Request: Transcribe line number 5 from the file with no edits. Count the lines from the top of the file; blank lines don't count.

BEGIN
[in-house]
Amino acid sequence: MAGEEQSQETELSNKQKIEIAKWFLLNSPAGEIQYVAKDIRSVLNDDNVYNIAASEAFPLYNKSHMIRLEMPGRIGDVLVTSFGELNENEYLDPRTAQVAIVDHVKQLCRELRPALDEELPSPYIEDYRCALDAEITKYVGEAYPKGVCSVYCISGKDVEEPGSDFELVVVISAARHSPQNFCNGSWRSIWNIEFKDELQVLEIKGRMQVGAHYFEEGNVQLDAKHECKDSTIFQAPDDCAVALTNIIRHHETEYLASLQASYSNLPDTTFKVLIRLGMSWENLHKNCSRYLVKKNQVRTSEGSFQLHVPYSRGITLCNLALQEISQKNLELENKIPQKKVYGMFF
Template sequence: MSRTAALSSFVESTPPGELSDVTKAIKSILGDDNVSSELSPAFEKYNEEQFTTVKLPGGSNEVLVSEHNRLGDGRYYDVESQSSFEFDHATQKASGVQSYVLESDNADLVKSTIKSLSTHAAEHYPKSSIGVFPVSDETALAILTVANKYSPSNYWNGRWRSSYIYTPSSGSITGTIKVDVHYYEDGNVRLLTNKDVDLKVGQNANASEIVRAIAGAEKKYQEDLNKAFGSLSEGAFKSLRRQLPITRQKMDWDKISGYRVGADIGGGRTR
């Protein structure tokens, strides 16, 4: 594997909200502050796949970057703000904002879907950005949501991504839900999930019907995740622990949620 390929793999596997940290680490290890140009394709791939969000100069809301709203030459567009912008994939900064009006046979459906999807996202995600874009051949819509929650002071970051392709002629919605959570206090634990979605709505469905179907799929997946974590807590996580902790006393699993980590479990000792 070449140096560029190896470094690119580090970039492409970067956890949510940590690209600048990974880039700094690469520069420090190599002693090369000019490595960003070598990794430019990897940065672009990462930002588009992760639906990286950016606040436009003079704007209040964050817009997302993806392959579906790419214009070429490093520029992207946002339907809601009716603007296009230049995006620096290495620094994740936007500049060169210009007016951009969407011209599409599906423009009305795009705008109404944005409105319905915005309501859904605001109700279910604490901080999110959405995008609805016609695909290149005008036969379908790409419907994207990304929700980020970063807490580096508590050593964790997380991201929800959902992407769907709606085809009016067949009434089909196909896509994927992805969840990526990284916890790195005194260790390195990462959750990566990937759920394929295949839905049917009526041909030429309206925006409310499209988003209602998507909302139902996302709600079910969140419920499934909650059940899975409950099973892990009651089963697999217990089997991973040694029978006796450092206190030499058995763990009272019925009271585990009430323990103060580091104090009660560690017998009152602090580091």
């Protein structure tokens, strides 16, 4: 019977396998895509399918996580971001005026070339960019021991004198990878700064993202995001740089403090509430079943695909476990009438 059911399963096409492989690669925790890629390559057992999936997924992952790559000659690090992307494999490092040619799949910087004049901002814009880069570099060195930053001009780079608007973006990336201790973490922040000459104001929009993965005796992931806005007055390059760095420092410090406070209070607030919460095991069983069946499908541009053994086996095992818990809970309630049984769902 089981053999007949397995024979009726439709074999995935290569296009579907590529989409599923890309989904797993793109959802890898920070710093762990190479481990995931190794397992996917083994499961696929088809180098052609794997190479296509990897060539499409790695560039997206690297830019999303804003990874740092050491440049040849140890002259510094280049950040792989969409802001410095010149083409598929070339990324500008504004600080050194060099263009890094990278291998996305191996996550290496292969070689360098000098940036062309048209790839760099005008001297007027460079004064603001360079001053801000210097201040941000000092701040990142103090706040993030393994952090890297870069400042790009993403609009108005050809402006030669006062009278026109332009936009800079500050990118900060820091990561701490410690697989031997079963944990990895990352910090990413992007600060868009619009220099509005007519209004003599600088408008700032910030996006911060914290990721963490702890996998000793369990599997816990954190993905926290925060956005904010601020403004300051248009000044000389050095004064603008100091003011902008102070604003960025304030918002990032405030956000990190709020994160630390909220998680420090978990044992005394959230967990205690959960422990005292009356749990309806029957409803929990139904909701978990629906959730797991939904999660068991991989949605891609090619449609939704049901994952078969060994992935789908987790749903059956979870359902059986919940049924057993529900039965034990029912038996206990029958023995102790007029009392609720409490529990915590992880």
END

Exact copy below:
């Protein structure tokens, strides 16, 4: 019977396998895509399918996580971001005026070339960019021991004198990878700064993202995001740089403090509430079943695909476990009438 059911399963096409492989690669925790890629390559057992999936997924992952790559000659690090992307494999490092040619799949910087004049901002814009880069570099060195930053001009780079608007973006990336201790973490922040000459104001929009993965005796992931806005007055390059760095420092410090406070209070607030919460095991069983069946499908541009053994086996095992818990809970309630049984769902 089981053999007949397995024979009726439709074999995935290569296009579907590529989409599923890309989904797993793109959802890898920070710093762990190479481990995931190794397992996917083994499961696929088809180098052609794997190479296509990897060539499409790695560039997206690297830019999303804003990874740092050491440049040849140890002259510094280049950040792989969409802001410095010149083409598929070339990324500008504004600080050194060099263009890094990278291998996305191996996550290496292969070689360098000098940036062309048209790839760099005008001297007027460079004064603001360079001053801000210097201040941000000092701040990142103090706040993030393994952090890297870069400042790009993403609009108005050809402006030669006062009278026109332009936009800079500050990118900060820091990561701490410690697989031997079963944990990895990352910090990413992007600060868009619009220099509005007519209004003599600088408008700032910030996006911060914290990721963490702890996998000793369990599997816990954190993905926290925060956005904010601020403004300051248009000044000389050095004064603008100091003011902008102070604003960025304030918002990032405030956000990190709020994160630390909220998680420090978990044992005394959230967990205690959960422990005292009356749990309806029957409803929990139904909701978990629906959730797991939904999660068991991989949605891609090619449609939704049901994952078969060994992935789908987790749903059956979870359902059986919940049924057993529900039965034990029912038996206990029958023995102790007029009392609720409490529990915590992880």